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The Government of the Republic of Korea (South Korea) fully meets the minimum standards for the elimination of trafficking. The government continued to demonstrate serious and sustained efforts during the reporting period; therefore South Korea remained on Tier 1. These efforts included funding and operating facilities to assist trafficking victims, training government officials to address sex trafficking, cooperating with foreign law enforcement in the investigation of trafficking cases, and coordinating government efforts to address sex trafficking. Although the government meets the minimum standards, it did not create formal guidelines for the identification of labor trafficking victims or provide training to law enforcement focused on labor trafficking. The quality of services offered by the government was not sufficient for male, disabled, foreign, and juvenile victims and authorities penalized, detained, and deported some victims for unlawful acts their traffickers compelled them to commit.

Proactively identify victims among vulnerable populations—including individuals arrested for prostitution and migrant workers. • Increase efforts to investigate, prosecute, and convict traffickers, particularly for labor trafficking, and punish convicted traffickers to significant prison terms. • Establish and implement formal guidelines for police, immigration, labor, and social welfare officials to identify and refer both sex and labor trafficking victims to support services. • Cease the penalization of victims for unlawful acts their traffickers compelled them to commit. • Revise the definition of human trafficking under South Korean law to more closely align with the definition in the 2000 UN TIP Protocol. • Increase efforts to train law enforcement officers, prosecutors, judicial officials, and social service providers to better understand trafficking as defined by international law. • Increase trafficking awareness training to officials working at migrant support centers and government hotlines. • Increase investigations and prosecutions of those who use forced labor on South Korean-flagged fishing vessels. • Designate a government entity responsible for coordinating efforts to combat both sex and labor trafficking. • Increase inspection of industries at high risk for exploitation to proactively identify victims, rather than relying on self-reporting of abuse by victims. • Increase investigations and prosecutions of South Koreans soliciting child sex trafficking victims in South Korea and abroad.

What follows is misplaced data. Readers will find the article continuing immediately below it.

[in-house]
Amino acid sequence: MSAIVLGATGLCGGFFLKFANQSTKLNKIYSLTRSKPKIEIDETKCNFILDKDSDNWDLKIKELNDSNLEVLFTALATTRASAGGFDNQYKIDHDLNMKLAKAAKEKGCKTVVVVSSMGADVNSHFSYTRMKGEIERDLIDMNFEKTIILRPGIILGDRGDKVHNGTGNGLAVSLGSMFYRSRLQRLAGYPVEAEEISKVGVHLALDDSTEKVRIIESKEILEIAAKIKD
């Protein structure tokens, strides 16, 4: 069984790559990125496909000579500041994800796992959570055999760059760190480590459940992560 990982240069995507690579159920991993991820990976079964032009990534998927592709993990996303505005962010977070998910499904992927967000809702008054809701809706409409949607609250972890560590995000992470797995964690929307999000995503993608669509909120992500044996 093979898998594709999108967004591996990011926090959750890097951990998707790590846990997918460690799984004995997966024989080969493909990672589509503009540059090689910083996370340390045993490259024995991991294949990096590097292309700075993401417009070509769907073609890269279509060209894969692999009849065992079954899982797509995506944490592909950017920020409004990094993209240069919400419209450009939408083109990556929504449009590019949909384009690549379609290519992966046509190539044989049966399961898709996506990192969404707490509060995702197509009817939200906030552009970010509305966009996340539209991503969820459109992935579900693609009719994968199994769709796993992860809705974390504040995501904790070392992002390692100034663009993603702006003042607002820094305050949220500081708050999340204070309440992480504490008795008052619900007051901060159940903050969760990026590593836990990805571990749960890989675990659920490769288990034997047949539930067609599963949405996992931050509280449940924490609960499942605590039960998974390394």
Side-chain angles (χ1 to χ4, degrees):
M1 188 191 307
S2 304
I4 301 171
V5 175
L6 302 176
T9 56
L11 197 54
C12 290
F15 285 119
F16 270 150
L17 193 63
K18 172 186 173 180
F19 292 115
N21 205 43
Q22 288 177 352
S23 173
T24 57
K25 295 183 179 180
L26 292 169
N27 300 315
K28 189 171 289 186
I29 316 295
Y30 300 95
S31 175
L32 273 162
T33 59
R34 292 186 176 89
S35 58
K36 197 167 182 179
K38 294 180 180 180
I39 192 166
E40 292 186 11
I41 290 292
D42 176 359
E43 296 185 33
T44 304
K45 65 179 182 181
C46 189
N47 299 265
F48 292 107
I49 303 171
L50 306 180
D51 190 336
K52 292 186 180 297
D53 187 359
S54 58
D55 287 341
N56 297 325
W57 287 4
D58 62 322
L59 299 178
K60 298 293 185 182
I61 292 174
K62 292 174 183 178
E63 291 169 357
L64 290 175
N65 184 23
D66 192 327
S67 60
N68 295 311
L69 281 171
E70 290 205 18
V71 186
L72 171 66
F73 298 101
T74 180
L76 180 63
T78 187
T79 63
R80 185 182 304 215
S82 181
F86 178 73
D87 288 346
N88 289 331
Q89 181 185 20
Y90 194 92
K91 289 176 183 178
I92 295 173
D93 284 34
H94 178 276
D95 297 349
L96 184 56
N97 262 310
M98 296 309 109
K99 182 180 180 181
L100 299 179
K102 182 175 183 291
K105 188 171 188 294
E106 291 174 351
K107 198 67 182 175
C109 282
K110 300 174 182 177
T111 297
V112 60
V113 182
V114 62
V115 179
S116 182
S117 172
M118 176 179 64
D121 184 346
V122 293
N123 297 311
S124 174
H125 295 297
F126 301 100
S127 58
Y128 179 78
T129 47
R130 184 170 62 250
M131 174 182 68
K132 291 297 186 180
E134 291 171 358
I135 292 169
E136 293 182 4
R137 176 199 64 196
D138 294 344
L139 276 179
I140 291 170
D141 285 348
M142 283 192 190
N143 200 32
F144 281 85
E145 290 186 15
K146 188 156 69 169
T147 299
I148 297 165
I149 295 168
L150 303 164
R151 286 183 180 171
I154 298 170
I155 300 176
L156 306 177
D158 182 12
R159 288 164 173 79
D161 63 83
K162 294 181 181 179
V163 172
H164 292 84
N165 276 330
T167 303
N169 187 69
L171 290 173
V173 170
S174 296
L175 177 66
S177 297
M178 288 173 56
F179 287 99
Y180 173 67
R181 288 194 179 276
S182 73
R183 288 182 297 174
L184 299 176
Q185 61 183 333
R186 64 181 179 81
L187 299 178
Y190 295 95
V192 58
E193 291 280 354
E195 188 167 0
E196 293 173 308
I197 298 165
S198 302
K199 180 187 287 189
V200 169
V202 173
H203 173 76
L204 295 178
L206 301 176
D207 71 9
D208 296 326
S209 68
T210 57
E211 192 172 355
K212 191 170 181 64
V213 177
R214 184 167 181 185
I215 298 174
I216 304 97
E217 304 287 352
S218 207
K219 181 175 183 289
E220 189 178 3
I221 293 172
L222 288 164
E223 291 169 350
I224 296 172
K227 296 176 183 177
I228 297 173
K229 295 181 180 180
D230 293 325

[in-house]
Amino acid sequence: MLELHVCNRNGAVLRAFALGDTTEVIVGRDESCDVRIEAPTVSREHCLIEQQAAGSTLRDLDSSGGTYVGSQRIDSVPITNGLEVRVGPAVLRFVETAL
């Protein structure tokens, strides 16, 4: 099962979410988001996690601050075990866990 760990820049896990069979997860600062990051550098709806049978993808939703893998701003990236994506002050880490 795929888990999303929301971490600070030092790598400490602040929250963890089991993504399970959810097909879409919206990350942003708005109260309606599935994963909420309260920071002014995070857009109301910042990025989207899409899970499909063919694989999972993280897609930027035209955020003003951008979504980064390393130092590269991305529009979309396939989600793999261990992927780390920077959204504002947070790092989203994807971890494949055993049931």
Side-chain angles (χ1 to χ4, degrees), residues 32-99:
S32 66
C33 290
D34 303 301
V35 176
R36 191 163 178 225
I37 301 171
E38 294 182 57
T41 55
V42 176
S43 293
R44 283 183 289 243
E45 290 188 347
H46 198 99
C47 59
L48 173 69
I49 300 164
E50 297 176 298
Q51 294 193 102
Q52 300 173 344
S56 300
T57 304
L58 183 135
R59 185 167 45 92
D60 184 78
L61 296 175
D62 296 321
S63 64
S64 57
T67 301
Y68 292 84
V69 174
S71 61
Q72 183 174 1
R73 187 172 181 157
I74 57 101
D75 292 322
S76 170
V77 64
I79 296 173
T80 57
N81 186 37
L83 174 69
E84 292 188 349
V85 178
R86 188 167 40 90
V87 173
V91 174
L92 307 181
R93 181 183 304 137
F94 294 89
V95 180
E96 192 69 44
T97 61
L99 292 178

The government maintained law enforcement efforts. Various articles under Chapter 31 of the Criminal Act, when read together, criminalized sex trafficking and labor trafficking and prescribed penalties of up to 15 years’ imprisonment for trafficking crimes, which were sufficiently stringent and, with respect to sex trafficking, commensurate with penalties prescribed for other serious crimes, such as rape. Inconsistent with the definition of trafficking under international law, Article 289 (trafficking in persons) limited the definition of trafficking to require the buying or selling of another for exploitation and did not include a demonstration of force, fraud, or coercion as an essential element of the crime. However, Articles 288 (kidnapping, abduction, etc. for the purpose of indecent acts, etc.) and 292 (receiving, harboring, etc. of person kidnapped, abducted, trafficked or transported) could apply to trafficking offenses not covered under Article 289. Similarly, Article 12 of the Act on the Protection of Children and Juveniles Against Sexual Abuse incorrectly defined child sex trafficking to require transnational movement of the victim. However, various other articles under the law could be applied to child sex trafficking offenses that did not involve such movement. The absence of a law that defined trafficking consistent with international law resulted in inconsistent understanding of the crime among law enforcement and prosecutors, and inconsistent enforcement of trafficking-related laws.